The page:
Merk argiewe: teenliggaampies

Four in five older primary school children likely to have Covid-19 antibodies

Four in five older primary school children likely to have Covid-19 antibodies
Levels in the eight to 11 age group rose sharply during the recent Omicron wave of infections.

Around four in five older primary school children in most of the UK are now likely to have Covid-19 teenliggaampies, new analysis suggests.

The estimates, which are for eight to 11-year-olds, are as high as 82.0% in both England and Skotland, met 79.7% in Wallis.

Northern Ireland has a slightly lower figure of 72.2%.

The presence of coronavirus antibodies suggests someone has had the infection in the past or has been vaccinated.

But only a small number of children aged eight to 11 in the UK outside clinical trials have received any Covid-19 vaccine, meaning most people in this age group with antibodies will have them due to a coronavirus infection.

(PA -grafika)
(PA -grafika)

The figures, which have been calculated by the Office for National Statistics (VSA), are the first of their kind to prioritise a new higher threshold for antibodies, which better reflects the proportion of people likely to have a strong enough antibody response to provide some protection from a new Covid-19 infection.

The higher threshold will also provide the earliest signs of any changes in antibody levels, het die ONS gesê.

The latest data is for the week beginning January 31 and shows how antibody estimates for older primary school children rose sharply during the recent Omicron-driven wave of infections.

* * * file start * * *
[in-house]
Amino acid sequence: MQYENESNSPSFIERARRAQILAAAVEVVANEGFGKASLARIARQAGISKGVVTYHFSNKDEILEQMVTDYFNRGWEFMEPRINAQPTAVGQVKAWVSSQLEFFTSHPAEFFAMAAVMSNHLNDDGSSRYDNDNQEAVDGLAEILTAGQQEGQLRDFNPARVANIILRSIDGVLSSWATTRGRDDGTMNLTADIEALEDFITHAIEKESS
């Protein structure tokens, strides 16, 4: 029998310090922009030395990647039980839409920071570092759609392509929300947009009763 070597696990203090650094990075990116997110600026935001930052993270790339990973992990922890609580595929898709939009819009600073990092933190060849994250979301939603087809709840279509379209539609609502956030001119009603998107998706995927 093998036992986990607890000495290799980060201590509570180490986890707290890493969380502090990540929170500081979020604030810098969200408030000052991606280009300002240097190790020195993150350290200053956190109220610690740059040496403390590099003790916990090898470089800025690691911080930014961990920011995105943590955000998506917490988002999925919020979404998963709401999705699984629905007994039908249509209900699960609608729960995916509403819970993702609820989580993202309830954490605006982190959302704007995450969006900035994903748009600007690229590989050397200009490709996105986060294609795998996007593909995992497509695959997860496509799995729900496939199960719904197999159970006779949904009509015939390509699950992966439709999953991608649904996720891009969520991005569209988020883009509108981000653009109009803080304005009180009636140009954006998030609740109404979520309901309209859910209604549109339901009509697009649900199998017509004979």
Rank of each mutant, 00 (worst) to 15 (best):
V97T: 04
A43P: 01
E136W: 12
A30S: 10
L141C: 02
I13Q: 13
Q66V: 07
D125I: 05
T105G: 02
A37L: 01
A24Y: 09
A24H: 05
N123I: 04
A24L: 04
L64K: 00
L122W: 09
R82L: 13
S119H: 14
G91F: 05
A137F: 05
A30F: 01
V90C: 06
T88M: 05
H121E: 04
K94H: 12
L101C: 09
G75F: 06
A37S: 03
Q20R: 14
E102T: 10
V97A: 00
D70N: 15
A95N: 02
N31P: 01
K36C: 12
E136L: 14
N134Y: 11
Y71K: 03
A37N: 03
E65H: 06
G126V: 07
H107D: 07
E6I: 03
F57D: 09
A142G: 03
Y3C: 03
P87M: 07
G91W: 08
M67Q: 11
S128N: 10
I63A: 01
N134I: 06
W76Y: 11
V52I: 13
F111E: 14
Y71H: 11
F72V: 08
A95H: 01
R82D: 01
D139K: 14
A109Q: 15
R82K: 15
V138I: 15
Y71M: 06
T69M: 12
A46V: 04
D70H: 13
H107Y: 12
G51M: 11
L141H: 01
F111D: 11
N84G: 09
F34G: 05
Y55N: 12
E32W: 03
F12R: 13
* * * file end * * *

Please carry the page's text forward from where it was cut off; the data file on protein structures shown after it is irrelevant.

In Engeland, the estimate has jumped from 31.8% of eight to 11-year-olds at the start of December to 82.0% by early February. In Scotland it has increased from 30.4% aan 82.0%.

Wales has seen a jump from 24.6% aan 79.7%, and in Northern Ireland it has risen from 14.4% aan 72.2%.

The Joint Committee on Vaccination and Immunisation (JCVI) recommended in December that five to 11-year-olds in clinically vulnerable groups should be offered two doses of Covid-19 vaccine, delivered eight weeks apart.

This rollout had only recently begun in the period covered by the latest antibody estimates.

All five to 11-year-olds will be offered the vaccine later in the spring, the Government announced last week, following new recommendations from the JCVI.

First doses of Covid-19 vaccine have been available for 12 to 15-year-olds in the UK since September last year, with jabs being offered in schools as well as at local vaccination centres.

More than nine in 10 children in this age group are now likely to have coronavirus antibodies, the ONS found.

Estimates range from 95.1% of those aged 12-15 in Scotland to 91.7% in Northern Ireland, met 94.4% in England and 93.4% in Wallis.

All ONS estimates are based on a sample of blood test results from people in private households and are subject to uncertainty, given they are based on samples that are part of the wider population.

Antibody positivity is defined by having a fixed concentration of antibodies in the blood.

A negative test result occurs if there are no antibodies, or if antibody levels are too low to reach the threshold at the time of testing.

It takes between two and three weeks after infection – or vaccination – for the human body to make enough antibodies to fight coronavirus.

Levels are expected to decrease over time irrespective of vaccination or natural infection, especially when exposure to the virus is reduced, het die ONS gesê.

This is because our bodies stop making antibodies when they are not needed.